It's been a while since I've had time to post so apologies for that in case anyone has been looking.
So... last week we went to one of Chef Jose Garces' Summer School classes; this one on making paella. As you might expect from the signage above, the class was held at Volvér, his restaurant in the Kimmel Center. Like the classes at Vetri it was limited to 12 participants.
It was led by Volvér's Chef de Cuisine David Conn assisted by Chef Steve Kim of Amada. Chef Conn has been with the Garces Group from the start and during the class discussed how their approach to paella had evolved over the years.
Bocadillos - Part 1
Traditionally, a bocadillo is a sandwich served on a bread cut lengthwise rather than sliced. More recently the term has come to mean pretty much anything delivered on bread, much like the Italian crostini. At Volvér we attendees made the ingredients two: Tomato Bocadillos and Tuna Tartare Bocadillos.
Working in four teams we put together the various pieces:
- Saffron Aioli
- Chorizo Aioli
- Goat Cheese Mousse
- Guindilla Escabeche
Beth and I did the Chorizo Aioli:
|Lemon Juice, Roasted Garlic, Smoked Paprika, Espelette Pepper, & Chorizo Oil|
Six egg yolks whisked, and whisked, and whisked with the other ingredients. Then more whisking as we drizzled in that whole container of Chorizo Oil. The folks down at the far end making the goat cheese mousse had it easy - dump everything in the food processor and push the button!
|Preparing the Paella|
Once we had the bocadillos ingredients ready Chef Conn ran down the paella process. At Amada they simplify making paella by preparing everything in advance except the rice (in the beginning they tried par-cooked rice but quickly abandoned the idea as the quality of the paella suffered). For home cooks there's probably a good couple hours of prep:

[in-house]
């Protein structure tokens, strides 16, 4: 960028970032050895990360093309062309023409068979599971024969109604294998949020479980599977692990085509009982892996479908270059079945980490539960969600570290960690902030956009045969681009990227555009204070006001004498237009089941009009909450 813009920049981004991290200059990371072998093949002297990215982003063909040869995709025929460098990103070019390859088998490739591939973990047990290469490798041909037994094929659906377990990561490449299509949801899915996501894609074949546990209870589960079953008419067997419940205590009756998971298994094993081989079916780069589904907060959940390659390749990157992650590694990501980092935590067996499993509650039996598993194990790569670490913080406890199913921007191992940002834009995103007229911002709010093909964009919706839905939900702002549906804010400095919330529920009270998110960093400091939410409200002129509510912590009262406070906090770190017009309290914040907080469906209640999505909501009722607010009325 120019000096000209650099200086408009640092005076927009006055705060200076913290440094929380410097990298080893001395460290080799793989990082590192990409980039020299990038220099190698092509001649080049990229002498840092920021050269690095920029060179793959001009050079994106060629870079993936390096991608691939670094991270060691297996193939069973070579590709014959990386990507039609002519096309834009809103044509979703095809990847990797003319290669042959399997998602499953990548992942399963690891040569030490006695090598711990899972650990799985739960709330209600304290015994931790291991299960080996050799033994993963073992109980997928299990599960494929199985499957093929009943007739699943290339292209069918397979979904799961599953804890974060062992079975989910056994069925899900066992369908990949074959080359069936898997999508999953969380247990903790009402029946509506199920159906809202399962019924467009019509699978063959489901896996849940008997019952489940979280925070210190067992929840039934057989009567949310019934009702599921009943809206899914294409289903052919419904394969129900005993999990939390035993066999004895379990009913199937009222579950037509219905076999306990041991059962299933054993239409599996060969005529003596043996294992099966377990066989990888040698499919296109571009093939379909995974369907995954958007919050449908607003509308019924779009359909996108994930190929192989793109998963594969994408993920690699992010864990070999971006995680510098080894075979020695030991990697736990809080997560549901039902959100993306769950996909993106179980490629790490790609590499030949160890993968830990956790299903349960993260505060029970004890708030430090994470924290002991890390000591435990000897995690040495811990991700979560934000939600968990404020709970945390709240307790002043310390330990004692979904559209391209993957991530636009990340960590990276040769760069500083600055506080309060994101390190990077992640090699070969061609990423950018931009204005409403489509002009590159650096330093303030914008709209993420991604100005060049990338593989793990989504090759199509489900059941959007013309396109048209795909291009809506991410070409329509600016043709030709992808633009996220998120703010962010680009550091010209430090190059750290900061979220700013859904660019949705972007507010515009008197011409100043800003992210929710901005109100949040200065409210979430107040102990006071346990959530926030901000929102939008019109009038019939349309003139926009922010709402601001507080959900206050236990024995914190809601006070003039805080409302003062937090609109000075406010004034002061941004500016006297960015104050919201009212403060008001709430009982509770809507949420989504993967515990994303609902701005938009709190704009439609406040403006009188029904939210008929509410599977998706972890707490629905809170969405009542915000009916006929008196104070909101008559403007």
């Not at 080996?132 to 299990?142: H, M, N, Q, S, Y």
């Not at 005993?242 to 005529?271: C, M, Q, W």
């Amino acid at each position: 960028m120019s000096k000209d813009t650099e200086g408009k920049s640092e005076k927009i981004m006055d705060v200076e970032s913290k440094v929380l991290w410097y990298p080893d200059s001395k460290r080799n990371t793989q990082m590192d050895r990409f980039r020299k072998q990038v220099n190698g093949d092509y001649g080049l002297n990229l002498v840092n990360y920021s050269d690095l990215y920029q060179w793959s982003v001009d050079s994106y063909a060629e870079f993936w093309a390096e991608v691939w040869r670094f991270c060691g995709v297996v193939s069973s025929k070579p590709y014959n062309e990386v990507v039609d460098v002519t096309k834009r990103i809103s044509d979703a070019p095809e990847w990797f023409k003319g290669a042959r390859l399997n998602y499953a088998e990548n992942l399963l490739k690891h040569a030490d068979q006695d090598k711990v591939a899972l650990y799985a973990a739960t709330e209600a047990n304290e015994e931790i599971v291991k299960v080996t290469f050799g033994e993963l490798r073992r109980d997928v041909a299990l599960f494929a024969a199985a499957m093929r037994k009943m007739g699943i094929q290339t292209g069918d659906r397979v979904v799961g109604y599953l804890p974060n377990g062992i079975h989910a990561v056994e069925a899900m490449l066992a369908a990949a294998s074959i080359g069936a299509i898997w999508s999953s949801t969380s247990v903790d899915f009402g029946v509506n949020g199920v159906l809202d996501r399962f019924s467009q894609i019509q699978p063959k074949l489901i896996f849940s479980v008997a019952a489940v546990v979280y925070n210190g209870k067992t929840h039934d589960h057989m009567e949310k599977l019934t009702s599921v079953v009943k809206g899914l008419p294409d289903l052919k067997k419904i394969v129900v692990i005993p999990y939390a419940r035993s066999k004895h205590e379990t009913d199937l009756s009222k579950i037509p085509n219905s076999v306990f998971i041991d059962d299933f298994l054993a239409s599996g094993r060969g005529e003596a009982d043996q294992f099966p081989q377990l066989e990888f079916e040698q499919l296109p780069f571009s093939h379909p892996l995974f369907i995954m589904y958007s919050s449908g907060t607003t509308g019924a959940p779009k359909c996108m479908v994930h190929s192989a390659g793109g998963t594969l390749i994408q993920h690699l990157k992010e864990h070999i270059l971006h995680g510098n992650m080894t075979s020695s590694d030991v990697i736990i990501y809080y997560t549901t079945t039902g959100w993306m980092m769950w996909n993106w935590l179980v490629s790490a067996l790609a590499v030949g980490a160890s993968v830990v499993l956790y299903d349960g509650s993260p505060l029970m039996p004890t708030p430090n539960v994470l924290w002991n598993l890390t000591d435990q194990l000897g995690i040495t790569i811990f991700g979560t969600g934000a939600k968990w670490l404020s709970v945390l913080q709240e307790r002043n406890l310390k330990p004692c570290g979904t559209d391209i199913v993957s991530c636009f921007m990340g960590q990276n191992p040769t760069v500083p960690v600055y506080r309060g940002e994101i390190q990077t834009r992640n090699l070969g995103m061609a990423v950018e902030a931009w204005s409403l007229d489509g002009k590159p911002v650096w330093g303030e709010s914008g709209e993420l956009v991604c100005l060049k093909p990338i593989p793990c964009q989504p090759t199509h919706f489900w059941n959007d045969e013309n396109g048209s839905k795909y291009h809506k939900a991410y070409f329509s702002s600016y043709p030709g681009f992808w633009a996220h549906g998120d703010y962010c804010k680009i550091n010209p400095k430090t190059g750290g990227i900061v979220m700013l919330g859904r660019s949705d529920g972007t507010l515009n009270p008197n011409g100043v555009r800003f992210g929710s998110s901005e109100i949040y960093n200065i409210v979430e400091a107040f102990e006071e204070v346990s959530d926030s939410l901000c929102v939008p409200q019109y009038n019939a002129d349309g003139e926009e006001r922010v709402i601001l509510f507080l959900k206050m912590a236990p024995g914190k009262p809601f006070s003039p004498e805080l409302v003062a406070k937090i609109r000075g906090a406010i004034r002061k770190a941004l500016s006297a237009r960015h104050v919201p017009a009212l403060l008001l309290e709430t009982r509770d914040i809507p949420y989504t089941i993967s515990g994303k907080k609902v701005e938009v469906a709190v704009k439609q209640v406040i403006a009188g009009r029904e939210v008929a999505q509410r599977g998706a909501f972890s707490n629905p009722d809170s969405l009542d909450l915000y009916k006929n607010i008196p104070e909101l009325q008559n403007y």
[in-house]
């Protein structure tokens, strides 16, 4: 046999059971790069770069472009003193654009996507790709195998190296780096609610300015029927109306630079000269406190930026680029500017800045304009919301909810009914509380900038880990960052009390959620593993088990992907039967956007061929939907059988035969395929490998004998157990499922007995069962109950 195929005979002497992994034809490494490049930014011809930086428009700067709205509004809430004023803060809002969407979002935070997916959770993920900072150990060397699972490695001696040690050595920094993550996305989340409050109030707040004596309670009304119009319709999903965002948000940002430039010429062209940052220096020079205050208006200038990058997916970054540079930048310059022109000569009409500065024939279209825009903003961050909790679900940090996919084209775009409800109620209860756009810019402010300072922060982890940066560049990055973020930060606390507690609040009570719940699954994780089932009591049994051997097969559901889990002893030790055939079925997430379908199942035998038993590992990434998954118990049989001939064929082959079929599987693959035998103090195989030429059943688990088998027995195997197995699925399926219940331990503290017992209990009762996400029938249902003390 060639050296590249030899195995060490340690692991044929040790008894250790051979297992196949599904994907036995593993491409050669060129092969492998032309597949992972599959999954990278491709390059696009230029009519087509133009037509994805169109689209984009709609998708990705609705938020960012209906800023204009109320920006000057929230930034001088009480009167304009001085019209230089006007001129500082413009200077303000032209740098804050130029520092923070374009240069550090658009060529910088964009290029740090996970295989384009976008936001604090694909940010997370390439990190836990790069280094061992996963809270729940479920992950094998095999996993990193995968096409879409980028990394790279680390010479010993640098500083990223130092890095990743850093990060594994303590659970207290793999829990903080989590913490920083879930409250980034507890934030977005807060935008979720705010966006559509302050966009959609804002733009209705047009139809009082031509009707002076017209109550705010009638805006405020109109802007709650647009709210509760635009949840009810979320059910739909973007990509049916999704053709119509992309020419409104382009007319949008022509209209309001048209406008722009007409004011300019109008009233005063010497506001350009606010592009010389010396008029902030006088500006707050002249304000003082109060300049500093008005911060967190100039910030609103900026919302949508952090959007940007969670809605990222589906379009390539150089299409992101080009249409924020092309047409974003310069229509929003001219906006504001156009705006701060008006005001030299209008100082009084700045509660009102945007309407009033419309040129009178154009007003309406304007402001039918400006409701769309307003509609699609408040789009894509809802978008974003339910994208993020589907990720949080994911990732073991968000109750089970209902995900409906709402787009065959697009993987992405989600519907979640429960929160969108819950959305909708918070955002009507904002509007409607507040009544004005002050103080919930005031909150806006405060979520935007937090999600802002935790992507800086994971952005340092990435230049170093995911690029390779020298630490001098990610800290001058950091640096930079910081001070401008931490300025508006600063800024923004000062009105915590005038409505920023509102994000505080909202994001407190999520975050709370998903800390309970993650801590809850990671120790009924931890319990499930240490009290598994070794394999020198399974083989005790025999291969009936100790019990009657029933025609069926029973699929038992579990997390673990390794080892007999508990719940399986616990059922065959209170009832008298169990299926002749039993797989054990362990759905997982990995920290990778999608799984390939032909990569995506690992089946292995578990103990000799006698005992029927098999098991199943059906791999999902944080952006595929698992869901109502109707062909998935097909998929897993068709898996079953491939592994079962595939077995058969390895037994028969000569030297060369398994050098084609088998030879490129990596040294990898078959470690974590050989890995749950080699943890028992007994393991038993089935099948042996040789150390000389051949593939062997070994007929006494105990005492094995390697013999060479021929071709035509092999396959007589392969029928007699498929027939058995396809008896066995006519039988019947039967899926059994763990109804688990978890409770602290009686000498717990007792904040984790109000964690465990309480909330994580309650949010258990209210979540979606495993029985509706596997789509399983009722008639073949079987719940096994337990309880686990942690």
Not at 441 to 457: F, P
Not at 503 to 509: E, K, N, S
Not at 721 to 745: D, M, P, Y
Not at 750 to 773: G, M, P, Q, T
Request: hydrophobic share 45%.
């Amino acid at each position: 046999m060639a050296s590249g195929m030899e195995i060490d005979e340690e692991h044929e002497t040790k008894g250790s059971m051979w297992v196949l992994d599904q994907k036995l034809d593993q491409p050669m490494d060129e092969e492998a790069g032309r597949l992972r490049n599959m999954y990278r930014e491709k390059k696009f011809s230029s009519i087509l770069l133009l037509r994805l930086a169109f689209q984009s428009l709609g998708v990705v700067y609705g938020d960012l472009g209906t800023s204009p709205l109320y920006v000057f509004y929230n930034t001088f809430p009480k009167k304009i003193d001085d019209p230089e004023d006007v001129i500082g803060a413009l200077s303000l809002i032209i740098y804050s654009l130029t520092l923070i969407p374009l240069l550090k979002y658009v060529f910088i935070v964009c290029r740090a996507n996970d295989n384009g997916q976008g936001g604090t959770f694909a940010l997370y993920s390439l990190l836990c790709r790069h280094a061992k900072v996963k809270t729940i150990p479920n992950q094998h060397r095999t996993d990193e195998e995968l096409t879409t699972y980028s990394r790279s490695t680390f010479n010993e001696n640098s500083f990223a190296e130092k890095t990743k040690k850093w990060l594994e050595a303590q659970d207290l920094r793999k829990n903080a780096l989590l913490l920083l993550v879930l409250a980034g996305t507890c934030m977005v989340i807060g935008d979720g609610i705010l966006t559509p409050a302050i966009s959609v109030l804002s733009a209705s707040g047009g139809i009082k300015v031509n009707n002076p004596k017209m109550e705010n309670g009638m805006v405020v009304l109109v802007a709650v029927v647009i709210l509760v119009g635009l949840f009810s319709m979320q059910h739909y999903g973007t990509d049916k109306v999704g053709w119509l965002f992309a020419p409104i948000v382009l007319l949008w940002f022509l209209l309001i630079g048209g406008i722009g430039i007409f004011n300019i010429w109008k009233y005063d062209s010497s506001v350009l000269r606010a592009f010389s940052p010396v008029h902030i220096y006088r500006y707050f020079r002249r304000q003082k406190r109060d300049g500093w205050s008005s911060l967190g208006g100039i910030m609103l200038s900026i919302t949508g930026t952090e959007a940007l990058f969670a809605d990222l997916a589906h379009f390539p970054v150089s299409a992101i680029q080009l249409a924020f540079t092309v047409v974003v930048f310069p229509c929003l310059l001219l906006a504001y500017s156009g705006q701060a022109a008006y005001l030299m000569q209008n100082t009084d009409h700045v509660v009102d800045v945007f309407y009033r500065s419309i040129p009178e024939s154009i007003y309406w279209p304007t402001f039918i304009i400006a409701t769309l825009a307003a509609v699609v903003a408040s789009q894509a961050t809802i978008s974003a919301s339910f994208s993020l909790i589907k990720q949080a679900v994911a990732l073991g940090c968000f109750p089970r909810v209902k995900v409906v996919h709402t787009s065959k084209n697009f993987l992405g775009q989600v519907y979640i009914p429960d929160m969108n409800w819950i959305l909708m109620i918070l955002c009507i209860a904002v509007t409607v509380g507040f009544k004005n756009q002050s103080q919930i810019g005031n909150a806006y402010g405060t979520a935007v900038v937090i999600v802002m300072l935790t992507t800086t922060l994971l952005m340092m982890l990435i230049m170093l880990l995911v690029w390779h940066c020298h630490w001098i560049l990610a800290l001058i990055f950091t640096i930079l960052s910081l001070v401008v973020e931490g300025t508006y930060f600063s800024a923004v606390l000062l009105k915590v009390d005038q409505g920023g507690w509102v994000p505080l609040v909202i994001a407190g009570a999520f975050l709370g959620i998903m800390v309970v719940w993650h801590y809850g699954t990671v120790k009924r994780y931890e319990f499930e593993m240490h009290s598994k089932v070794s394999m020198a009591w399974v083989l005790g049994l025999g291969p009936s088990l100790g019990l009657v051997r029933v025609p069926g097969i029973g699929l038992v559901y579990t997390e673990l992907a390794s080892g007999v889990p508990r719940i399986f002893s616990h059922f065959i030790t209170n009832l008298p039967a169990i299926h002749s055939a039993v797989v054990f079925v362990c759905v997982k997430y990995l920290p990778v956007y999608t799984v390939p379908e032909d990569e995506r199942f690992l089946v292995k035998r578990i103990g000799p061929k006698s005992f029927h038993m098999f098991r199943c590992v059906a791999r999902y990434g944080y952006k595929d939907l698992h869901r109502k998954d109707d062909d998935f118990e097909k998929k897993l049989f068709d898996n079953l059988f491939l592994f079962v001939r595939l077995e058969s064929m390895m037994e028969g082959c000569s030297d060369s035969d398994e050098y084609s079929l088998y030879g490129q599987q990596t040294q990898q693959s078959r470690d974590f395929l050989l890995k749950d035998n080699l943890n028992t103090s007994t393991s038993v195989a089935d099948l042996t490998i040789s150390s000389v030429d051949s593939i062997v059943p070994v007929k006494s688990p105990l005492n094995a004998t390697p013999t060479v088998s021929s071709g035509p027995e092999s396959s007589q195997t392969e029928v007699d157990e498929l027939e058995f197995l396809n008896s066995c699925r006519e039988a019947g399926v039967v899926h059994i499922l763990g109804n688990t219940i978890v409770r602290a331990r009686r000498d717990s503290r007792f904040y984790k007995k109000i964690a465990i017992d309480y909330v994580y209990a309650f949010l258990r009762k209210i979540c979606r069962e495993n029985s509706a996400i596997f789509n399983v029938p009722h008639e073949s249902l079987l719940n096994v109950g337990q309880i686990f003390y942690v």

- Make Saffron Chicken Stock
- Poach Chicken Thighs for the Chicken Ropa
- Prepare the Chicken Ropa Sauce
- Finish the Ropa
- Grill the Chorizo
- Prepare the other Paella Ingredients
Meanwhile Chef Kim was sauteing onions and chorizo in the paella pans and quickly toasting the rice.
Wet ingredients added, he covered the pans with foils and popped 'em into the oven for about 20 minutes...
Bocadillos - Part 2
While the paella cooked we went back to assembling the bocadillos.
On the left are the cherry tomatoes with goat cheese mousse; they're topped off with a picnch of chopped, toasted Marcona almonds. On the right is the tuna tartare in Guandilla Escabeche. Those should have been topped with the Chorizo Aioli, but after the first one, I decided it was too spicy for me. Turns out I didn't have to worry about getting enough - they provided 2 or 3 times as much as was strictly needed. But you know what mom always said: "Don't fill up on bread!"
By the time we got through the bocadillos and a couple glasses of wine the paella was ready:
The finished paella included roast chicken breast, bread (or toast) slathered with that Saffron Aioli and a simple herb salad to cut the richness of the paella. We finally sat down to drink some more wine and devour the paella. Even with 12 hungry paella fans there was enough for seconds if you wanted them.
We've been going to these cooking classes for a couple years now (you can check out my review of the Vetri Pizza class back on the old blog). They're always interesting and fun and the always-late SEPTA night trains help metabolize the free-flowing wine.
This was a terrific class on an intimidating topic. We're both looking forward to next year's series.